Thursday, June 28, 2012

Hard Work Pays Off

The swimming lessons the boys have attended the past month or so ended today. I am pleased to say that the progress was impressive.

According to their teachers, Gus has "a great freestyle stroke, has accomplished deep water treading / floating, and long-distance freestyle and backstroke swimming.  Niko can do an "elementary backstroke" and has mastered all the rudimentary skills for his level.

All their hard work is not without its rewards. On the last day of class, not only is the free swim time extended, but it includes (supervised) access to the water slide.  As you can see, the boys took full advantage!

Monday, June 25, 2012

OPA! Camp

The boys spent last week at Opa Camp.  It's 5-days filled with fun, games, crafts, songs, dances and Greek culture.  This year's theme was all about The Odyssey: Odysseus' Return to Ithaca.

At the end here's what we got.

Crafts: that's a lion puppet!
 Handmade Greek flags.
Cyclops masks
Homemade sandals like Odysseus wore.

Hand-decorated crosses: it's a Greek camp, after all.

 (Bad) photographic evidence that at Opa Camp, even Niko will dance!

Sunday, June 17, 2012

A Little Schadenfreude Anyone?

"Schadenfreude is the satisfaction or pleasure felt at someone else's misfortune."

I once famously asked my mom if it was OK for me to tell Kelly I didn't think he was keeping the house clean enough. I'm pretty sure that on days she needs a little pick-me-up, Mom recalls that conversation and has herself a good laugh.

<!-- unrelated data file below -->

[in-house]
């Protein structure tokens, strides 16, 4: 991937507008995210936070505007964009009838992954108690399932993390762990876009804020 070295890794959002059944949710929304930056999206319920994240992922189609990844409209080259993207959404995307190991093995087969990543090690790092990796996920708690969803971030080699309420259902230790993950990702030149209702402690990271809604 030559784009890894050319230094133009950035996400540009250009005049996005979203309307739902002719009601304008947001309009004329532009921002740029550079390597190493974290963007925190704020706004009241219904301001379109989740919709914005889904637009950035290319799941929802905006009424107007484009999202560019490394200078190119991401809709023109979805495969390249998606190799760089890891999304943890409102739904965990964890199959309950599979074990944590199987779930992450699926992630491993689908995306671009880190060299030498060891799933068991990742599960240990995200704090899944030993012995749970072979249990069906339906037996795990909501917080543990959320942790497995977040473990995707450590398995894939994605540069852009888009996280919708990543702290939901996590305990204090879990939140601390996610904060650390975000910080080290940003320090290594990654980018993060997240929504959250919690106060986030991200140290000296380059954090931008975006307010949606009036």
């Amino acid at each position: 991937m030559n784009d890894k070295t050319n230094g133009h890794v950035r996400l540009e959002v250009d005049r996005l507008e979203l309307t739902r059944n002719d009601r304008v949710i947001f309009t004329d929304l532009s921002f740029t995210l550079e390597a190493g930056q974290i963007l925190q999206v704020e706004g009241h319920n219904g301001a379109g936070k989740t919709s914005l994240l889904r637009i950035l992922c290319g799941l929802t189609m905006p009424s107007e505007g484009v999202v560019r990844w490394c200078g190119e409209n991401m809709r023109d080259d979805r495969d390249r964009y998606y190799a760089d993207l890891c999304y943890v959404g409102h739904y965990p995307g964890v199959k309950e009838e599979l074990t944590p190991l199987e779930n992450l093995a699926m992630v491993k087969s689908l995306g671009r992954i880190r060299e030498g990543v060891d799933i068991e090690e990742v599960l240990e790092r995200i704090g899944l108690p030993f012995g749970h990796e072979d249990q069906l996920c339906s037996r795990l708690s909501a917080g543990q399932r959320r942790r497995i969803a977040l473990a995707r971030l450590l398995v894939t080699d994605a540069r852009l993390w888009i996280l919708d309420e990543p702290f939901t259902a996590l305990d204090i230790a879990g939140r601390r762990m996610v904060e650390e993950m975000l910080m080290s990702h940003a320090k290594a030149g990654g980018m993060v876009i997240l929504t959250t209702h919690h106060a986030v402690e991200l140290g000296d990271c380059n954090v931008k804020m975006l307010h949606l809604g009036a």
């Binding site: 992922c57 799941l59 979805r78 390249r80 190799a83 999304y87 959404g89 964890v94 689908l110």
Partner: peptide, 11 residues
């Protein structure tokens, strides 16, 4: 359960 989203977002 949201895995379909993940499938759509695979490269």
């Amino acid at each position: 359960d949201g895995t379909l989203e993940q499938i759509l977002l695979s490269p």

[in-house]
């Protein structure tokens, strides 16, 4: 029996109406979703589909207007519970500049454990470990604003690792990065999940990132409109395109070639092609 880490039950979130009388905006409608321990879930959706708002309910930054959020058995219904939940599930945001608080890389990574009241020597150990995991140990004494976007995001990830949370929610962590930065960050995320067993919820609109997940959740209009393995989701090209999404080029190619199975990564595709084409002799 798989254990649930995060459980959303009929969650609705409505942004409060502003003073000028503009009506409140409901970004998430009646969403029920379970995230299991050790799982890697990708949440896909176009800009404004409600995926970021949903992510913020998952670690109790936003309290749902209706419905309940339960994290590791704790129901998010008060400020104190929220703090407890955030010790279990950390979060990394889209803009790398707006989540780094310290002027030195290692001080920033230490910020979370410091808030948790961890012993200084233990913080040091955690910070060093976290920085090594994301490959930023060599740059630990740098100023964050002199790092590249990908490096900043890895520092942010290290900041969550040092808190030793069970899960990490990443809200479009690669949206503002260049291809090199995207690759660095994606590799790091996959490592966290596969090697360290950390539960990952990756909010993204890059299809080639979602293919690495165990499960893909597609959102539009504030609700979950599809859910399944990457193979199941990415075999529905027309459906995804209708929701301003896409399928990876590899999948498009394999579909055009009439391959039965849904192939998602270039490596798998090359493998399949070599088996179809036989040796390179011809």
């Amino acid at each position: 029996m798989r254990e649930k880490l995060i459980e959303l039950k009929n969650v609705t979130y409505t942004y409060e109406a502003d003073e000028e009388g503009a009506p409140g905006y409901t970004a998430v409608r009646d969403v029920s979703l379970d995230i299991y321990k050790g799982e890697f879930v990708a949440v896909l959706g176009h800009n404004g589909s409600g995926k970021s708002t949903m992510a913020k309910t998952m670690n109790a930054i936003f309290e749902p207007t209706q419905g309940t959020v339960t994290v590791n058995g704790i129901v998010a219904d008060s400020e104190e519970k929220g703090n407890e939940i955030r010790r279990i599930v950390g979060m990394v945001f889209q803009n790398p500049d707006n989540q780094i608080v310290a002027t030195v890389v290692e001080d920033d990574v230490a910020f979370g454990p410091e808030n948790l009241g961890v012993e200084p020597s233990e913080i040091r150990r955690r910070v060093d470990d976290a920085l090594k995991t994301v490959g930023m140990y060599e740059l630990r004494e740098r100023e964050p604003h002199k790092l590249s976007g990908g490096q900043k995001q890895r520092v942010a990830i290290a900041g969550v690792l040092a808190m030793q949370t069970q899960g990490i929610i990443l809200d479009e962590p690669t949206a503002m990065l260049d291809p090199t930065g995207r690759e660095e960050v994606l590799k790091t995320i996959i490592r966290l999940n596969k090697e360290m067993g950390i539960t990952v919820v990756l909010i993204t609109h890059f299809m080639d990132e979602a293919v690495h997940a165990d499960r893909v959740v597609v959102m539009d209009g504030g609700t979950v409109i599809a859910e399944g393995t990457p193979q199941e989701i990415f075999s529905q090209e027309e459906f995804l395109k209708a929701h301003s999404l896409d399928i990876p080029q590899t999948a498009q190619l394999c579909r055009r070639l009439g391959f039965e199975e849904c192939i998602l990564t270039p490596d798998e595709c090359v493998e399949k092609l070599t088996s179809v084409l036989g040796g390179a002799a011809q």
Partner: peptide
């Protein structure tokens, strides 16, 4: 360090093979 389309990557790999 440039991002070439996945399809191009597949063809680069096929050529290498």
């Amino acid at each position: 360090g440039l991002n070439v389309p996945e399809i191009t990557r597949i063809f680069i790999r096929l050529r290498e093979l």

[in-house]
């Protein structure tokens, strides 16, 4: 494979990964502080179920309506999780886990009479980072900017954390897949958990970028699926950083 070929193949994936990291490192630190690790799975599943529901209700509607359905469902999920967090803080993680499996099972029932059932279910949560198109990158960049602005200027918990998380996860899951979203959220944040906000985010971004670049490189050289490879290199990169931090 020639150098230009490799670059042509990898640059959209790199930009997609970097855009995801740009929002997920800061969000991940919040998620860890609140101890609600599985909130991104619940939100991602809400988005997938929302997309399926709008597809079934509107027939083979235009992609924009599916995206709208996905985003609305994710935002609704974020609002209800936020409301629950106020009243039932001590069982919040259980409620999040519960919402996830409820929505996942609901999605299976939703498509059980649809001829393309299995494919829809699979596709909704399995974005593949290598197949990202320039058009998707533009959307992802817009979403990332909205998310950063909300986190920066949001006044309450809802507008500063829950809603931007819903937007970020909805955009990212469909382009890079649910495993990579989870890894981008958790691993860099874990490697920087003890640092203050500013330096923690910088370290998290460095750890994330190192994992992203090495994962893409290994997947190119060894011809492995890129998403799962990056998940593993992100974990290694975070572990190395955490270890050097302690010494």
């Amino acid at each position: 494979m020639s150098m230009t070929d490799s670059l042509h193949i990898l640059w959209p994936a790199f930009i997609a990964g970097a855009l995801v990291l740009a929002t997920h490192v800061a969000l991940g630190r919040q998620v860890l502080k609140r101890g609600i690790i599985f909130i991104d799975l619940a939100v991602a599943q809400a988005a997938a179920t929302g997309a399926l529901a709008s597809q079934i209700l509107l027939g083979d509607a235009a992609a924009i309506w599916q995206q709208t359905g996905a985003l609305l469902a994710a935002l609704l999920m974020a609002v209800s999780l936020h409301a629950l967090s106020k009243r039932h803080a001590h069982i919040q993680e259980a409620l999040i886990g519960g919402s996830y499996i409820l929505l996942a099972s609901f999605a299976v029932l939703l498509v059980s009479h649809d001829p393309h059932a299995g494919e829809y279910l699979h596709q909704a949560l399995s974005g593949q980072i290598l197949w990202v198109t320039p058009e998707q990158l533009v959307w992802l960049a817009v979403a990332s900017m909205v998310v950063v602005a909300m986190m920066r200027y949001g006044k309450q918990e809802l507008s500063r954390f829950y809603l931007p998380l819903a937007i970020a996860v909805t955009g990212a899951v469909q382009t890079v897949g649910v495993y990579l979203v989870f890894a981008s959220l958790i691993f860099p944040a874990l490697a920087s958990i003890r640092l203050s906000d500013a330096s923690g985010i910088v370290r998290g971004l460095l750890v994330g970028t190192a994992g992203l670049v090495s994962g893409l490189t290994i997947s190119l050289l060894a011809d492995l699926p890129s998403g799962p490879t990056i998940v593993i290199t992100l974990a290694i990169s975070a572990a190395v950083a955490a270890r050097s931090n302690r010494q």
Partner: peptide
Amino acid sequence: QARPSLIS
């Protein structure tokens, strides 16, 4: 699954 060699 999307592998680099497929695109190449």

Look, it's difficult for someone with OCD to abdicate control and let others try to get the house as clean as we'd like. We're almost always disappointed. But I've made a great deal of progress: Kelly hasn't barged in on me going at the grout in the kitchen with an old toothbrush in about 3 years!

I'm not proud to admit this, but the first thought that crossed my mind when I was laid off wasn't "how will we pay the bills?" or "where am I going to work now?" No it was, "I can finally clean the blinds." Here's the thing - reality came up and kicked me aside the head. It's difficult, no it's impossible, to get done all I want while staying home with the boys and looking for a new gig. (The blinds still need to be cleaned.)

So, gentle reader, you'll excuse me this moment of schadenfreude.

Today I told the boys they needed to help me straighten up the house. Gus protested asking me why it mattered.